17:13 Monday 5th January 2014
BBC Radio Cambridgeshire
CHRIS MANN: So in case you hadn’t noticed, there is a General Election coming up this year. The campaign, well it’s been a slow-burner until now, but it’s beginning to produce more than a few sparks. Let’s find out what we think is going to be in prospect locally from two leading Cambridgeshire bloggers on politics, Richard Taylor .. hello Richard.
RICHARD TAYLOR: Good afternoon Chris.
CHRIS MANN: .. and Antony Carpen, known to many as Puffles. Hello Antony.
ANTONY CARPEN: Good afternoon Chris.
CHRIS MANN: So gentlemen, how much do you think there will be Cambridgeshire issues in this election campaign? Richard first.
RICHARD TAYLOR: I think Cambridge is a very interesting place to live for a General Election. It could go any way. Any election can go any way, but particularly in Cambridge. We’ve got a four or five way marginal, and that’s just with the candidates who’ve emerged already. And we still could have more candidates come, so it’s a very interesting place to be to take part in a General Election campaign.
CHRIS MANN: That’s the city of Cambridge of course Richard. Antony, the county itself has got some different issues from the rest of the country perhaps?
ANTONY CARPEN: It does. I think one of the interesting seats to look at is South Cambridgeshire, where we’ve got Heidi Allen and Seb Kindersley. Heidi will replace Andrew Lansley for the Conservatives, and Seb for the LibDems, having scored 20,000 votes at the 2010 election. One of the big unknowns for Cambridge and South Cambridgeshire is what is the impact of both UKIP and the Greens going to be on the three main parties, because remember not just for Cambridge itself but also for the other areas in Cambridge, 12,000 votes in the European elections went to UKIP and the Greens.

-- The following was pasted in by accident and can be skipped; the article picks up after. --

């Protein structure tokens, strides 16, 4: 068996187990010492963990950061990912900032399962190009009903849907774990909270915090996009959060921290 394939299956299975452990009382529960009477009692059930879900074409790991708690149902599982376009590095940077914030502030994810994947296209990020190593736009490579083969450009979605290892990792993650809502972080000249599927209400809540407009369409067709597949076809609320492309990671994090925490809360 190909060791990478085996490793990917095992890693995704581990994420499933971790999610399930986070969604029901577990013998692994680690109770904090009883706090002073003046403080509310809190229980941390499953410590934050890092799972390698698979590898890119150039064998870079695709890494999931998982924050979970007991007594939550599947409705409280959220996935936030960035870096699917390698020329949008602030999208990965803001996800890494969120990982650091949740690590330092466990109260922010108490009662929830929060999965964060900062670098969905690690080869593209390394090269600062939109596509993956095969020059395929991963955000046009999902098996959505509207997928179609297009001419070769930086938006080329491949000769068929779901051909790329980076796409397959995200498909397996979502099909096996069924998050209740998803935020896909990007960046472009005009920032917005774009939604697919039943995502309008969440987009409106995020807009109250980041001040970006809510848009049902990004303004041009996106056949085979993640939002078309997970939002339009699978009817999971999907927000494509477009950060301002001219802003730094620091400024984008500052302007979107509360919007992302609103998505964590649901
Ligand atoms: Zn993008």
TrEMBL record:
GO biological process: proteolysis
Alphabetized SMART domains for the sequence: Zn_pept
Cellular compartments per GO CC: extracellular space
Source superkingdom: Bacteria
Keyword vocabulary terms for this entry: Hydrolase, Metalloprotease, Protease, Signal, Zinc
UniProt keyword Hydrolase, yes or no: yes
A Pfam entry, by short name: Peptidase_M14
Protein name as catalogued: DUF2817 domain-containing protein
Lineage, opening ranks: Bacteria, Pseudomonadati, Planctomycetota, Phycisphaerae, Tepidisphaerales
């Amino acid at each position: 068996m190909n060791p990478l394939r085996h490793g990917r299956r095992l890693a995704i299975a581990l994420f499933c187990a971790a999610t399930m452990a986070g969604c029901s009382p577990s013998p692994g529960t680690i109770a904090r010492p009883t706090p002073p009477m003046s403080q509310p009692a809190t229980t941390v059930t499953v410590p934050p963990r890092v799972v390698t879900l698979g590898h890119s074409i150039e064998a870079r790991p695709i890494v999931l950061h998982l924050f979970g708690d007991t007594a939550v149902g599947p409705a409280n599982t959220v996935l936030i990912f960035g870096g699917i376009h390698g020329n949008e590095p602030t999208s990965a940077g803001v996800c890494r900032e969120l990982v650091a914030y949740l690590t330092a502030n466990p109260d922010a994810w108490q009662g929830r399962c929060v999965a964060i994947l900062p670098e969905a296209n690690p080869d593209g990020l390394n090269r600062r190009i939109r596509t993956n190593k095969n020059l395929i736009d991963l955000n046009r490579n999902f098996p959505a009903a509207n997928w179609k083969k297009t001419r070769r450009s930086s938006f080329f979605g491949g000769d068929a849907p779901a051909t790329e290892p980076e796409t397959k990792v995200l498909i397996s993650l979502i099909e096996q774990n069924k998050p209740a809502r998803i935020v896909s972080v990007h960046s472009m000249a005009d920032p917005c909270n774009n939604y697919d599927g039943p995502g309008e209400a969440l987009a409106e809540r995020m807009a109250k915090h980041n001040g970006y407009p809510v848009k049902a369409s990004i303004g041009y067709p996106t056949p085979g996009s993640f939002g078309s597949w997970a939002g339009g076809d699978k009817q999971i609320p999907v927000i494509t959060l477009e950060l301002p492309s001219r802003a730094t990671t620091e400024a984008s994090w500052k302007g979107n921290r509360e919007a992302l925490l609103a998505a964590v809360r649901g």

CHRIS MANN: And we also have Lucy Frazer replacing Sir Jim Paice for the Conservatives in South East Cambridgeshire, so two new women entering the political arena there Richard. And another one of course Chamali Fernando in Cambridge. Might we see a whole new raft of women winning this election in Cambridgeshire? What do you think?
RICHARD TAYLOR: Well we might do. And with these Conservative candidates, particularly in South Cambridge and South East Cambridgeshire where there are large amounts of Tory voters, we’re giving an awful lot of power there to the relatively small number of people who are in the Conservative Party who get to select their candidate and get to have a huge influence on who might be the next MP.
CHRIS MANN: When they get the vote right of course, when they get the count right. How do we think that Cambridge is going to go? Because we have a man who as we all know has won awards for being a local MP, but equally a strong challenge from several fronts.
ANTONY CARPEN: I still think that Cambridge is too close to call, as I said on a number of occasions. But what’s going to be interesting in Cambridge between Daniel Zeichner for Labour and Julian Huppert for the Liberal Democrats is we’re going to see two very different campaigning styles. With Julian he spent the past five years working very closely with a number of community groups across the city, building very strong personal relationships. With Labour I think we’re going to see much more Brand Labour, with Daniel, with his connections in the Labour Party, being able to bring in some very big names.
CHRIS MANN: And then in Peterborough and North East Cambridgeshire we’ve got the challenge from UKIP there in particular.
RICHARD TAYLOR: I think we’ve got that in the rest of the county, and certainly we could see some UKIP MPs in Cambridgeshire. I don’t think that’s going to affect us too much in Cambridge. We’ve seen in the local elections in Cambridge, we haven’t had UKIP even putting up candidates. So I think that’s going to be something we’re going to be seeing in places to the north of the county, in Wisbech and Fenland.
CHRIS MANN: Will there be a shock in this county do you think?
RICHARD TAYLOR: A UKIP MP, or two or three? Quite possibly.
ANTONY CARPEN: Unlikely.
CHRIS MANN: Gentlemen, thank you. A long way to go, but an interesting start. Richard Taylor, Antony Carpen, thank you very much indeed.